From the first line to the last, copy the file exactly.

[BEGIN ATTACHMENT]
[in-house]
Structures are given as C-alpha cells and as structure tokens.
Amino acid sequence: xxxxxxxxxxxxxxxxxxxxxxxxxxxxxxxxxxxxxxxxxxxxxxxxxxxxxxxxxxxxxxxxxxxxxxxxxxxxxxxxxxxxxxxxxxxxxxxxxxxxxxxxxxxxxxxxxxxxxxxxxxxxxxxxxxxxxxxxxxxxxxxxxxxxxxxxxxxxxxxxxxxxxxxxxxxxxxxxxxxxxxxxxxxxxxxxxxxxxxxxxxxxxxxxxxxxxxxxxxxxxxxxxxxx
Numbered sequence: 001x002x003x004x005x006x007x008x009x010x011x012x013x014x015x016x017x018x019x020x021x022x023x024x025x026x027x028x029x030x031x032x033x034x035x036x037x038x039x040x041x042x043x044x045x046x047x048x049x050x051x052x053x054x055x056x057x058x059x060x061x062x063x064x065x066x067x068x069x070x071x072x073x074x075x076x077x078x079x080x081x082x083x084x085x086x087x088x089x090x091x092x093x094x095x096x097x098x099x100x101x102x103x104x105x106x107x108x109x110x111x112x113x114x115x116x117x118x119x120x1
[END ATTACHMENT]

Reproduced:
[in-house]
Structures are given as C-alpha cells and as structure tokens.
Amino acid sequence: xxxxxxxxxxxxxxxxxxxxxxxxxxxxxxxxxxxxxxxxxxxxxxxxxxxxxxxxxxxxxxxxxxxxxxxxxxxxxxxxxxxxxxxxxxxxxxxxxxxxxxxxxxxxxxxxxxxxxxxxxxxxxxxxxxxxxxxxxxxxxxxxxxxxxxxxxxxxxxxxxxxxxxxxxxxxxxxxxxxxxxxxxxxxxxxxxxxxxxxxxxxxxxxxxxxxxxxxxxxxxxxxxxxx
Numbered sequence: 001x002x003x004x005x006x007x008x009x010x011x012x013x014x015x016x017x018x019x020x021x022x023x024x025x026x027x028x029x030x031x032x033x034x035x036x037x038x039x040x041x042x043x044x045x046x047x048x049x050x051x052x053x054x055x056x057x058x059x060x061x062x063x064x065x066x067x068x069x070x071x072x073x074x075x076x077x078x079x080x081x082x083x084x085x086x087x088x089x090x091x092x093x094x095x096x097x098x099x100x101x102x103x104x105x106x107x108x109x110x111x112x113x114x115x116x117x118x119x120x1